Appellants, Johnson, et al., not being parties to the building permit are not, within the meaning of the ordinance, "adversely affected" by the action of the Town Engineer in issuing the permit, and they could not, therefore, avail themselves of the administrative remedy of appeal as provided in the ordinance. Fidelity Trust Co. v. Downing (1946), 224 Ind. 457, 463, 68 N.E.2d 789.
I concur in the affirmance of the judgment against appellant, Southport Board of Zoning Appeals, because the appellants, Johnson, et al., were not proper *143 parties to appeal, as provided by the ordinance, from the issuance of the building permit by the Town Engineer.
Second: The building permit here was issued under the provisions of Ordinance 38 of the Town of Southport. Section 2 of such ordinance provides,"The territorial area comprising the Town of Southport is hereby classified as (1) Residential, (2) Commercial. All trade and commercial structures shall be in keeping with the community, to complement, but not degrade, existing standards; and all plans of and concerning such structures and calling shall be subject to approval by the Zoning Board of Appeals."
The plans for the structure here involved were never submitted to the Board of Zoning Appeals as provided by Section 2, supra. The issuance of the permit by the Town Engineer, under the circumstances here, did not endow it with legality. City of Indianapolis v. Ostrom Realty, etc., Co. (1932), 95 Ind. App. 376, 384, 176 N.E. 246.
In my opinion the building permit under which appellee, Southside Ready Mix Concrete, Inc., has attempted to construct a concrete batching plant is void for failure to comply with the requirements of the zoning ordinance and is subject to attack in a proceeding to enjoin the construction of the plant. Fidelity Trust Co. v. Downing, supra (1946), 224 Ind. 457, 68 N.E.2d 789. The parties herein have pursued that remedy.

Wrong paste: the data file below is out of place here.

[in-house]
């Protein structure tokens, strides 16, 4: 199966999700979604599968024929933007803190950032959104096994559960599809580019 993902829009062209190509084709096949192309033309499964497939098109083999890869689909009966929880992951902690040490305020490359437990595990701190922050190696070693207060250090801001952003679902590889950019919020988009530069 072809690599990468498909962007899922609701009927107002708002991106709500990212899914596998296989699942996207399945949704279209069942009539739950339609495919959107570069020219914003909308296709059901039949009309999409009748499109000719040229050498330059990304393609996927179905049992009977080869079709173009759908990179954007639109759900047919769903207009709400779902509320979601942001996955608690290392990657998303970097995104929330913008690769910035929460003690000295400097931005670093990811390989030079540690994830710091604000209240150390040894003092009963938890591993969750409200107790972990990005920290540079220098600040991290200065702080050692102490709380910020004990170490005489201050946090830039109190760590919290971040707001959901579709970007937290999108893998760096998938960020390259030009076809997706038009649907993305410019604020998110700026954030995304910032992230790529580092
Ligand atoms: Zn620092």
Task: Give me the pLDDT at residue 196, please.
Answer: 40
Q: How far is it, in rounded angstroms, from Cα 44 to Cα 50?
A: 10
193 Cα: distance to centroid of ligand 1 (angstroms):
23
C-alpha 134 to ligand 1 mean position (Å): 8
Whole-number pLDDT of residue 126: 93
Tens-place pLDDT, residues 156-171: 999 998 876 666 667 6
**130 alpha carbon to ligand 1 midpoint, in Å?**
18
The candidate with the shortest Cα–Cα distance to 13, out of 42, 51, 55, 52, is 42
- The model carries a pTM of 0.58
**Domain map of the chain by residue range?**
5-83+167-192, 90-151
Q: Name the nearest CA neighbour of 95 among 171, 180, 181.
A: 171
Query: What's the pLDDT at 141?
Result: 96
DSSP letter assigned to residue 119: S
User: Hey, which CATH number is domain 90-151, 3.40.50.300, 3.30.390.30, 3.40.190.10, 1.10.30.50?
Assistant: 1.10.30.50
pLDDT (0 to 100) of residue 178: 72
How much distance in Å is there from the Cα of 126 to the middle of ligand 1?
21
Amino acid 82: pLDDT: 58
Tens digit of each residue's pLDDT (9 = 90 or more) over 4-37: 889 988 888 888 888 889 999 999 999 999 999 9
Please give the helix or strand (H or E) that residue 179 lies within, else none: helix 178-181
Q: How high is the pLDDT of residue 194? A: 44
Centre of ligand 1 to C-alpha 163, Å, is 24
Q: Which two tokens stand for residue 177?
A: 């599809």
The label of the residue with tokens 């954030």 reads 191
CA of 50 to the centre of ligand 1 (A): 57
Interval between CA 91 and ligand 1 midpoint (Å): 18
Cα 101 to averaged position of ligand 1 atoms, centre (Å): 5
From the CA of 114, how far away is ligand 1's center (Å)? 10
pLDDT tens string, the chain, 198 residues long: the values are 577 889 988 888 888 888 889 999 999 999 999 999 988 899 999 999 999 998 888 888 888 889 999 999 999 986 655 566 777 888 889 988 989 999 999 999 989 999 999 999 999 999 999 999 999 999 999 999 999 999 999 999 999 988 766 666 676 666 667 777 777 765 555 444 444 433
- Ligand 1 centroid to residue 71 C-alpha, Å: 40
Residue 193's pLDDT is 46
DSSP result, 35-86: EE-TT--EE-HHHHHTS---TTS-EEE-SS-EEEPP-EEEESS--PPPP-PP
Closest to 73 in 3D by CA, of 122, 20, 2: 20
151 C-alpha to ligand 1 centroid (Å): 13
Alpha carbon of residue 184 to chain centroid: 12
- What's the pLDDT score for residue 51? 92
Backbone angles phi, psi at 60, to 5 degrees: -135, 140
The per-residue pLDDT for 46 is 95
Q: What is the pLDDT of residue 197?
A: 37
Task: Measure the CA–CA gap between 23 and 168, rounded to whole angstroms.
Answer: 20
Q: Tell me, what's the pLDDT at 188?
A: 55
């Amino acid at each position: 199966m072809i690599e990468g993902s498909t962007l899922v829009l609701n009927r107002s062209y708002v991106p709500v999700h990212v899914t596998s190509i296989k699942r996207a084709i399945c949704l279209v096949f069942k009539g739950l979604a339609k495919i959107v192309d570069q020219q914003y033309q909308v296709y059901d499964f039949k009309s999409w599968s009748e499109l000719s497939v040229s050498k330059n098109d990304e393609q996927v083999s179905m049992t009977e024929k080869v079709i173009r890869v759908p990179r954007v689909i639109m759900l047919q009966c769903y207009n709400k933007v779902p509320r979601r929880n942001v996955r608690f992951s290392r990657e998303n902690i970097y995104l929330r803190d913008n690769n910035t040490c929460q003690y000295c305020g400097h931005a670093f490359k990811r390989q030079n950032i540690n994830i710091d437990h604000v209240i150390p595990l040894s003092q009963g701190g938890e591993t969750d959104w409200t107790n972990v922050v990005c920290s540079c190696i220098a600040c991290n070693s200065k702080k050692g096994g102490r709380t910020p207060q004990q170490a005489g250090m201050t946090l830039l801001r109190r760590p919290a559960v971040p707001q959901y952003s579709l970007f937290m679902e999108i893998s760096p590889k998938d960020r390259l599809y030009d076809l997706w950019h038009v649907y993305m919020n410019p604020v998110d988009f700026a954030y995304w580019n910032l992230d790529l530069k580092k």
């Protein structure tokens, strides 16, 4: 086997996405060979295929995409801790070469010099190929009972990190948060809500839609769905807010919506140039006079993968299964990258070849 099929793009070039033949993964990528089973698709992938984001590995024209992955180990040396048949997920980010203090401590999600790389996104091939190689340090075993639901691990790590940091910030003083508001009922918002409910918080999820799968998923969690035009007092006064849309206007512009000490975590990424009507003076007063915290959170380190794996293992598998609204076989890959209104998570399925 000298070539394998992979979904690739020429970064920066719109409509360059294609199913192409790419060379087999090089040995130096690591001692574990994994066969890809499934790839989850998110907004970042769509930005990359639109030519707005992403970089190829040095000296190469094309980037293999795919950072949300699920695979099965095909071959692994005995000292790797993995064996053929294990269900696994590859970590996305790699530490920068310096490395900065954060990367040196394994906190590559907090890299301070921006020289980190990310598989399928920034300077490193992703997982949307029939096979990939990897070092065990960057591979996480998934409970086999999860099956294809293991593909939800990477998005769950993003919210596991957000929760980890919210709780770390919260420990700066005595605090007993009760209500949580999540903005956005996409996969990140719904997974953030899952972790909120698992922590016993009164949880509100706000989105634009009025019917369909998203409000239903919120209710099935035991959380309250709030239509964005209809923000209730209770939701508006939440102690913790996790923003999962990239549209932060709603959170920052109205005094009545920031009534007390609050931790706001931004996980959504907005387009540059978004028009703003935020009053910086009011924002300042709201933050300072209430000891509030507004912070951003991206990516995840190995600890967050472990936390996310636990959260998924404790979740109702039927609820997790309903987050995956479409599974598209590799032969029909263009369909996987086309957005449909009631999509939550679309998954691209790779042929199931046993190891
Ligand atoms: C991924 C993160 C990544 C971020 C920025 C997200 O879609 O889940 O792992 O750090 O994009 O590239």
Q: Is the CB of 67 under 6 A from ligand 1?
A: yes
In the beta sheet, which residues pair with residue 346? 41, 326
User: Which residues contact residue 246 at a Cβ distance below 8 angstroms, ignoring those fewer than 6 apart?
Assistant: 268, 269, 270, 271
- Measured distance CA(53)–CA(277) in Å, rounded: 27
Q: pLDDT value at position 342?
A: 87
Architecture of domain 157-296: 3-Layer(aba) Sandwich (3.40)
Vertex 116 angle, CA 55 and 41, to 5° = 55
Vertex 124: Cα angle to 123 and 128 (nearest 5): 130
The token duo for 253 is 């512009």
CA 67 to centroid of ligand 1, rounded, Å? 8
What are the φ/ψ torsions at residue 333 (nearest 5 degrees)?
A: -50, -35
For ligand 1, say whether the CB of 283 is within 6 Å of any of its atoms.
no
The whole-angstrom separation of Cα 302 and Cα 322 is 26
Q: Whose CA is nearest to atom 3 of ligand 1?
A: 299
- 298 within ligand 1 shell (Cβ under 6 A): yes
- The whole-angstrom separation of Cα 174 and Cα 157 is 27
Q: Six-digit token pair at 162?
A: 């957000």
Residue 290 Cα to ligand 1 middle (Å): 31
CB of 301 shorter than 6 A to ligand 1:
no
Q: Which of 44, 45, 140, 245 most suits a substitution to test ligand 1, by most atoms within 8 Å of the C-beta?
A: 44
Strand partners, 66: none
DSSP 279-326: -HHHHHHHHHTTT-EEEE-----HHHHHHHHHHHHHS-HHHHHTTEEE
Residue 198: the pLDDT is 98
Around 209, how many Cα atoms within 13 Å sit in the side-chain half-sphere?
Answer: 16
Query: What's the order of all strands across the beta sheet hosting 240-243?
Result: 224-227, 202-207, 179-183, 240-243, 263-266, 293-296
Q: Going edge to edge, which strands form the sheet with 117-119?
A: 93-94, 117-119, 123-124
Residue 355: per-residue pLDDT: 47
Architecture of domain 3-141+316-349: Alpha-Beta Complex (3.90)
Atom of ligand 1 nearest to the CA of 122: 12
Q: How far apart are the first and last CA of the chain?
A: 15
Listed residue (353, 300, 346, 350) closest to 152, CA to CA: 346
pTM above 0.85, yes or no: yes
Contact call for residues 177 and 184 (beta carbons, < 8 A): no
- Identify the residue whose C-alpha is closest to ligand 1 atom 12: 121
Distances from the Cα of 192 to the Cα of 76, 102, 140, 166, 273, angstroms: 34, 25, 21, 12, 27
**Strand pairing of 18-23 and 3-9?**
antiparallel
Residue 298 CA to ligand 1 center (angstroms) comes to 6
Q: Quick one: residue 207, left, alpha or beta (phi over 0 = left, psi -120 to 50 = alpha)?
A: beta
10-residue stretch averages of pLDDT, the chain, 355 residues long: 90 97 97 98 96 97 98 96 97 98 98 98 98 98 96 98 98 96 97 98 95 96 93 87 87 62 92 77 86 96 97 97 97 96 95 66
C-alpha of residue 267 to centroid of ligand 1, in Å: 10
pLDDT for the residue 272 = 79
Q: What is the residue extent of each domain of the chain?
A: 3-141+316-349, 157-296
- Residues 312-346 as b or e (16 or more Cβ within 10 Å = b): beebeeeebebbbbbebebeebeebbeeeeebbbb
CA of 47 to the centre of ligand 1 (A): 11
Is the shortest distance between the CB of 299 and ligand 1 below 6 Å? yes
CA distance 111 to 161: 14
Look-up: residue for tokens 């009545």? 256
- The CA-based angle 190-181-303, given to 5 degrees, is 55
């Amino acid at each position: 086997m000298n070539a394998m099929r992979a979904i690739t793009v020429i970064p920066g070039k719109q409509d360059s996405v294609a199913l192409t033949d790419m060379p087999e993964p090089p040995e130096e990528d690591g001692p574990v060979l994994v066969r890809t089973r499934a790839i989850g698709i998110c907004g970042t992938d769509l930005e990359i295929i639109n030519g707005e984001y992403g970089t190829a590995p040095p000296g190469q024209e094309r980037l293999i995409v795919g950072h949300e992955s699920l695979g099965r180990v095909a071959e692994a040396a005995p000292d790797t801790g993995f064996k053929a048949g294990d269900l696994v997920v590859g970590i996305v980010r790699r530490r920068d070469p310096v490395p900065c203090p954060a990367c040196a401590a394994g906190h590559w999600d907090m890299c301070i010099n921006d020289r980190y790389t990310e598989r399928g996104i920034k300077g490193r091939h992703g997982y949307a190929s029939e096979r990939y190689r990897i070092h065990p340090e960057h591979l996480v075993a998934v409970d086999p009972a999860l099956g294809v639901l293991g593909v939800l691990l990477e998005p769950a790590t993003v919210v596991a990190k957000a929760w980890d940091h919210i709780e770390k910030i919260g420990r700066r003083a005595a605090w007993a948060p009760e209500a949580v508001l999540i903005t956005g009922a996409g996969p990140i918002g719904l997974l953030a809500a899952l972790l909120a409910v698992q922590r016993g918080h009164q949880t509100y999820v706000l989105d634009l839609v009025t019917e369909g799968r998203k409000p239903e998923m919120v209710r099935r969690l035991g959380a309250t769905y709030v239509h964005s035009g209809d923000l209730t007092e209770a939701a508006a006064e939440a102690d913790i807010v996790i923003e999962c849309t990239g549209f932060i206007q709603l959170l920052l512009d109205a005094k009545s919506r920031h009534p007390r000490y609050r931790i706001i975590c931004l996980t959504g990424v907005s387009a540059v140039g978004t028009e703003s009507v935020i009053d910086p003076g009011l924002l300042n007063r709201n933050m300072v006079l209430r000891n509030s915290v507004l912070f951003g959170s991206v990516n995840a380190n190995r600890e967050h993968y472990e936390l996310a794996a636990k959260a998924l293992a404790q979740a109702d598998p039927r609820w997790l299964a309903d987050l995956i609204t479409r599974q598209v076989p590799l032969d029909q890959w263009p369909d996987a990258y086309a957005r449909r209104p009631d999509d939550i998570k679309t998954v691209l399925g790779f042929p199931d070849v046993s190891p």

Third: Section 17 provides, inter alia, "Any building erected, ... in violation of any provision of this ordinance or of the requirements thereof, is hereby declared to be a nuisance and as such nuisance it may be abated in such manner as nuisances are *144 now, or may hereafter be abated under existing law. All the provisions of this ordinance or orders of the Board of Zoning Appeals, may be enforced by injunction or other proceedings according to law."
Section 17 of Ordinance 38, as above noted, declares that any building erected in violation of any of the provisions or requirements thereof is a nuisance and may be abated in such manner as may be provided by law.
If the construction of such plant here involved is permitted, under the circumstances as shown by the record before us, it will be an express violation of the provisions of Ordinance 38, supra. Although it may not be a nuisance, per se, however, if appellants, Johnson, et al., show that such plant is being erected in defiance of some provision of a valid ordinance and that its construction will work special damages to them and their property, they are entitled to relief by injunction. Fidelity Trust Co. v. Downing, supra (1946), 224 Ind. 457, 464, 68 N.E.2d 789. In my opinion appellants, Johnson, et al., have made such a showing in this case.
The statute of 1955, to which reference is made in the majority opinion, provides an administrative procedure under which "appeals" may be taken from an action of the Board of Zoning Appeals to the courts. The Town Engineer herein is only the administrative officer charged with the administration of the ordinance under the direction and supervision of the Board of Zoning Appeals. His action in issuing or refusing a building permit is not a final judgment from which an appeal to the courts will lie, as the majority opinion indicates.
The remedy here was by injunction against appellees, to enjoin them from proceeding with the construction *145 of the plant because such construction would be in express violation of a valid ordinance. Fidelity Trust Co. v. Downing, supra (1946), 224 Ind. 457, 464, 68 N.E.2d 789.
All appellants, Johnson, et al., are attempting to do is to prevent the use of an illegal building permit, in express violation of a valid ordinance. Neither Warren v. Indiana Telephone Co. (1940), 217 Ind. 93, 26 N.E.2d 399, nor Mann v. City of Terre Haute (1960), 240 Ind. 245, 163 N.E.2d 577, has any application to the factual situation here.
I would reverse the judgment against appellants, Johnson, et al., with instructions to grant their motion for a new trial.
NOTE. Reported in 176 N.E.2d 112.